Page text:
Eden Haiku: Yes, for us North- Americans, this is way back in time..
    Storm Nordwind: I used to take a pound coin... I guess a quarter would do... and a piece of paper, A4 in size but American letter would do...
    Storm Nordwind: and place one on the other and say...
    Storm Nordwind: if the coin represents one average length human life, how much time is represented by the sheet of paper?
    Eden Haiku: yes…(I had no clue…)
    Storm Nordwind: 12,000 years, back to the last Ice Age, still melting back


    --BELL--

    Eden Haiku: I was thinking, 100, 1000 than maybe 1000. I could not see further.(I'm hopeless with numbers: 100 is an average life span!)
    Storm Nordwind: Fold the paper in half and you're getting closer to the building of the pyramids
    Storm Nordwind: I used to keep folding the paper
    Storm Nordwind: And all the time putting the coin back on it
    Storm Nordwind: And the point was this (in classes I used to run)
    Eden Haiku: trying to locate a coin near her computer...
    Storm Nordwind: that we think we are a drop in the ocean of existence, and we are certainly that, but...
    Storm Nordwind: compared to to what we regard as civilization, even our one life is comparatively huge...
    Storm Nordwind: and there is the potential for one person to make a difference


    Small acts of kindness

    Eden Haiku: Buddha said that to get a human life was as difficult as for a turtle to find a buoy in the ocean of reality. ..
    Eden Haiku: Or something like that …:-)
    Eden Haiku: Yes litlle acts of kindness can make huge differences
    Storm Nordwind: Yes. The version I heard was "to come to the surface only once every 100 years and put his head through a golden yoke". For month I imagined a large egg floating on the ocean, until I realized it was a different kind of yoke!
    Eden Haiku: Sorry for all the typos..(I edited them in the log)
    Eden Haiku: Yes, your version seems to be closer... Were there buoys in Buddha's time I wondered...
    Storm Nordwind: But one small act of kindness can change the world for so many people
    Eden Haiku: I was wondering how I could do little acts of kindness for my father this week so he feels loved and cared for even if I'm leaving.
    Eden Haiku: He has friends and a busy life and goes around in his car but still...
    Storm Nordwind: It is hard. You will not be able to shake his deepest anxiety - I'm sure you know that
    Eden Haiku: We used to live at the other side of town and he is used to my traveling a lot. But yes, his anxiety is about his own future trip.
    Eden Haiku: The last one.
    Storm Nordwind: And the last goodbyes that precede it, knowing or unknowing.


    Last goodbyes

    Eden Haiku: He keeps saying he wonders if we go to an unknown star when we die...
    Eden Haiku: Yes. He's also worried for my own safety. As he is for my niece who lives in Australia and my brother in Newfoundland and so on.
    Storm Nordwind nods
    Eden Haiku: And himself, he wants to travel to Cuba this Spring.
    Storm Nordwind: Being a parent teaches much!
    Eden Haiku: But this is my own anxiety I think.
    Eden Haiku: Last time I went for many months, my mother was not well at all when I came back.
    Eden Haiku: Then she died a few months later.
    Storm Nordwind: Have you asked him what he would like you to bring back for him from India?
    Eden Haiku: No, that would be a nice idea!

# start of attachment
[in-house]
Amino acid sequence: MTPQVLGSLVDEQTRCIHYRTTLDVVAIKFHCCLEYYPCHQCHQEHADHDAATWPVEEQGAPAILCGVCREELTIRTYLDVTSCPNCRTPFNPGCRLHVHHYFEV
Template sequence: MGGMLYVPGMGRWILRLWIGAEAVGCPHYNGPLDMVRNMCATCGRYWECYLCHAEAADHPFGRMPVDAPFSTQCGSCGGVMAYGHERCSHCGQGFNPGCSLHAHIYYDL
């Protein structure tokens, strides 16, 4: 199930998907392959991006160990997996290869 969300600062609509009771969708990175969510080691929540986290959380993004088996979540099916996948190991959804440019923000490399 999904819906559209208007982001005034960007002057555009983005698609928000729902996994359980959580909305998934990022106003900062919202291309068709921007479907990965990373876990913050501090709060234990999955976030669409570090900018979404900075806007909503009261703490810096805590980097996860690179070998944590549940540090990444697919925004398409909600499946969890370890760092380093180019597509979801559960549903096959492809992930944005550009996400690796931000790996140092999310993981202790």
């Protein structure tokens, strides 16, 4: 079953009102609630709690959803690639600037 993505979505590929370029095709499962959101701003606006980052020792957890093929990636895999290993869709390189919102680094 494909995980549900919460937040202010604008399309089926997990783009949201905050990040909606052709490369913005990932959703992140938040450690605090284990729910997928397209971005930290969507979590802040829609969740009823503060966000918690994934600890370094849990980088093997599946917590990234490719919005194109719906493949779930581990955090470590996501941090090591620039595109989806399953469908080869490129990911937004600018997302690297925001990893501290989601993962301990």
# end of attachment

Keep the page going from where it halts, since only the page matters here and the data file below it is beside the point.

Eden Haiku: So he could envision my returning.
    Storm Nordwind: Exactly.
    Eden Haiku: His «draw distance» is very short. He is always a step ahead.
    (For the record, I did ask my father that afternoon. He joked. He wants me to bring him back 1) an Indian wife 2) a Tata car 3) a live elephant… I guess, I should not worry so much…)

    --BELL--

    Storm Nordwind: There is safety and comfort like that, but no perspective
    Eden Haiku: Oh, that is why. He is finding comfort in just seeing the next day. Sometimes he seems to be unable to appreciate what is because he is so much projected in the near future.
    Eden Haiku: Tell me what it is you learnt as a parent Storm. I do not have children, only books :-)This is an experience I did not have.
    Storm Nordwind: How many hours do you have? ;)
    Storm Nordwind chuckles
    Eden Haiku: chuckles
    Eden Haiku: You had four children, so maybe an hour each?
    Eden Haiku: lol
    Storm Nordwind: haha! Well one thing... you love them, you care for them, you help them grow... and then you let them go... no clinging
    Eden Haiku: I feel like I'm the mother of my Dad now.
    Eden Haiku: Yes, and I have to let him go too...
    Storm Nordwind: yes
    Storm Nordwind: To do so is both for them and for you
    Eden Haiku: I was the last person who saw my father's father when he passed away at age 86.
    Eden Haiku: He is the one who showed me the beauty of the sun rising.
    Storm Nordwind: Ah yes :)
    Eden Haiku: I asked him if he was afraid of his own death.
    Eden Haiku: He answered no, not at all.
    Eden Haiku: In Varanasi, I'm going to see a lot of dead bodies being burnt.
    Storm Nordwind: I remember the last time I visited my father in hospital, the day before he died. His nurses said they'd never had anyone there before who was so continually, gently and graciously concerned for the nurses' welfare, rather than his own.
    Eden Haiku: That is so wonderful. He is the one who taught you about kindness, for sure.
    Storm Nordwind: Would you excuse me now Eden? Thank you for the lovely conversation. I must go and attend to something in the Five Bells for a little while
    Eden Haiku: Sure, Storm. Thanks for being here this morning.
    Storm Nordwind: My pleasure, as always :)
    Eden Haiku: Always pleased to see you :-)
    Storm Nordwind smiles
    Storm Nordwind: Bye for now
    Eden Haiku: Bye!


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    Viewing 1 of 1 comments: view all
    Originally written on 00:29, 26 Jan 2010
    I really would have liked to have been there this morning, Eden! What a lovely session. :)
    Posted 13:57, 9 Apr 2010